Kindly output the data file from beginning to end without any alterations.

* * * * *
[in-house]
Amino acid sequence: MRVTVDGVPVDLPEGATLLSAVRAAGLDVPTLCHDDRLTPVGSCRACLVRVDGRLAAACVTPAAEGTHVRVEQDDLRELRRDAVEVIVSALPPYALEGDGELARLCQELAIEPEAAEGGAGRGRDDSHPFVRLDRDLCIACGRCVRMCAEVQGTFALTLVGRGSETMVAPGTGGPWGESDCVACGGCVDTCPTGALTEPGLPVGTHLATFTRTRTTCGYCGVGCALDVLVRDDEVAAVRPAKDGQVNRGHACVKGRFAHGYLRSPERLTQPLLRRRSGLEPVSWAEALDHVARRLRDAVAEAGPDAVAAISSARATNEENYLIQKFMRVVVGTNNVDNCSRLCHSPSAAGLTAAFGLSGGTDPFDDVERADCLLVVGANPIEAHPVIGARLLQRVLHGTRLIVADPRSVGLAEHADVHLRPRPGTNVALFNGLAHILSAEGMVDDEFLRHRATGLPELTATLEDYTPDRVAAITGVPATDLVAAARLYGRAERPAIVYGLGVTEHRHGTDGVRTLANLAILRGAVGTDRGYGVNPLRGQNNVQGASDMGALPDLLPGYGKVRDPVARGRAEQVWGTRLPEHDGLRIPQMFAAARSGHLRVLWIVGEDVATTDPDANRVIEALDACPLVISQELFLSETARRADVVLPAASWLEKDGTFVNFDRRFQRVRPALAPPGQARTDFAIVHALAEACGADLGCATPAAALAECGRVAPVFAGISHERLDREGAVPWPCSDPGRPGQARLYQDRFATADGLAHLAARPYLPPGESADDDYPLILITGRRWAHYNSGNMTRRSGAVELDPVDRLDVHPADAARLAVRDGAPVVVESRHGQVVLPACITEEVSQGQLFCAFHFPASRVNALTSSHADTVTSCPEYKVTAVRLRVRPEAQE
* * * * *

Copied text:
[in-house]
Amino acid sequence: MRVTVDGVPVDLPEGATLLSAVRAAGLDVPTLCHDDRLTPVGSCRACLVRVDGRLAAACVTPAAEGTHVRVEQDDLRELRRDAVEVIVSALPPYALEGDGELARLCQELAIEPEAAEGGAGRGRDDSHPFVRLDRDLCIACGRCVRMCAEVQGTFALTLVGRGSETMVAPGTGGPWGESDCVACGGCVDTCPTGALTEPGLPVGTHLATFTRTRTTCGYCGVGCALDVLVRDDEVAAVRPAKDGQVNRGHACVKGRFAHGYLRSPERLTQPLLRRRSGLEPVSWAEALDHVARRLRDAVAEAGPDAVAAISSARATNEENYLIQKFMRVVVGTNNVDNCSRLCHSPSAAGLTAAFGLSGGTDPFDDVERADCLLVVGANPIEAHPVIGARLLQRVLHGTRLIVADPRSVGLAEHADVHLRPRPGTNVALFNGLAHILSAEGMVDDEFLRHRATGLPELTATLEDYTPDRVAAITGVPATDLVAAARLYGRAERPAIVYGLGVTEHRHGTDGVRTLANLAILRGAVGTDRGYGVNPLRGQNNVQGASDMGALPDLLPGYGKVRDPVARGRAEQVWGTRLPEHDGLRIPQMFAAARSGHLRVLWIVGEDVATTDPDANRVIEALDACPLVISQELFLSETARRADVVLPAASWLEKDGTFVNFDRRFQRVRPALAPPGQARTDFAIVHALAEACGADLGCATPAAALAECGRVAPVFAGISHERLDREGAVPWPCSDPGRPGQARLYQDRFATADGLAHLAARPYLPPGESADDDYPLILITGRRWAHYNSGNMTRRSGAVELDPVDRLDVHPADAARLAVRDGAPVVVESRHGQVVLPACITEEVSQGQLFCAFHFPASRVNALTSSHADTVTSCPEYKVTAVRLRVRPEAQE